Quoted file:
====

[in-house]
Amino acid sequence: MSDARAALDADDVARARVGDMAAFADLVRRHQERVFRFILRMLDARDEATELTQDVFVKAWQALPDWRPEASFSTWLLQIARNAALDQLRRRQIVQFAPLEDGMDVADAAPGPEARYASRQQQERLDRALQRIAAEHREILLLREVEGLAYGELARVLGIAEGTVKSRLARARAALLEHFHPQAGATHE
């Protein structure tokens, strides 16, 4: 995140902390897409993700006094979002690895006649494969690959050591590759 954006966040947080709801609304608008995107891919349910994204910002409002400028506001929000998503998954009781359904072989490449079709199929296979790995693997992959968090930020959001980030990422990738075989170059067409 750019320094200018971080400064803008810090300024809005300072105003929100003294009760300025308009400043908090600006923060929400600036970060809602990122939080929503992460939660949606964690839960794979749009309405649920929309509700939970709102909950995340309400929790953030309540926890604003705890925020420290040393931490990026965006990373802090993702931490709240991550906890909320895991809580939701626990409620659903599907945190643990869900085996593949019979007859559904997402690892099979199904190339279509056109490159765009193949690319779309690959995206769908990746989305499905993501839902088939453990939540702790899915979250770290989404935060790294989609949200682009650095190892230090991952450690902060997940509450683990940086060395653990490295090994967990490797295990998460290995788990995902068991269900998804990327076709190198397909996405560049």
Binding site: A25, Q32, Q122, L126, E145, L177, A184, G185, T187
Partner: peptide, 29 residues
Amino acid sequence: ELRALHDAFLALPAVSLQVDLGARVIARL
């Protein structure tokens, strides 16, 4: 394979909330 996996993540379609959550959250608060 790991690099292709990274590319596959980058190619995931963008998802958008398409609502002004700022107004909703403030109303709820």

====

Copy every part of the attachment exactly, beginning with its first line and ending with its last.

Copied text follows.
[in-house]
Amino acid sequence: MSDARAALDADDVARARVGDMAAFADLVRRHQERVFRFILRMLDARDEATELTQDVFVKAWQALPDWRPEASFSTWLLQIARNAALDQLRRRQIVQFAPLEDGMDVADAAPGPEARYASRQQQERLDRALQRIAAEHREILLLREVEGLAYGELARVLGIAEGTVKSRLARARAALLEHFHPQAGATHE
């Protein structure tokens, strides 16, 4: 995140902390897409993700006094979002690895006649494969690959050591590759 954006966040947080709801609304608008995107891919349910994204910002409002400028506001929000998503998954009781359904072989490449079709199929296979790995693997992959968090930020959001980030990422990738075989170059067409 750019320094200018971080400064803008810090300024809005300072105003929100003294009760300025308009400043908090600006923060929400600036970060809602990122939080929503992460939660949606964690839960794979749009309405649920929309509700939970709102909950995340309400929790953030309540926890604003705890925020420290040393931490990026965006990373802090993702931490709240991550906890909320895991809580939701626990409620659903599907945190643990869900085996593949019979007859559904997402690892099979199904190339279509056109490159765009193949690319779309690959995206769908990746989305499905993501839902088939453990939540702790899915979250770290989404935060790294989609949200682009650095190892230090991952450690902060997940509450683990940086060395653990490295090994967990490797295990998460290995788990995902068991269900998804990327076709190198397909996405560049």
Binding site: A25, Q32, Q122, L126, E145, L177, A184, G185, T187
Partner: peptide, 29 residues
Amino acid sequence: ELRALHDAFLALPAVSLQVDLGARVIARL
């Protein structure tokens, strides 16, 4: 394979909330 996996993540379609959550959250608060 790991690099292709990274590319596959980058190619995931963008998802958008398409609502002004700022107004909703403030109303709820």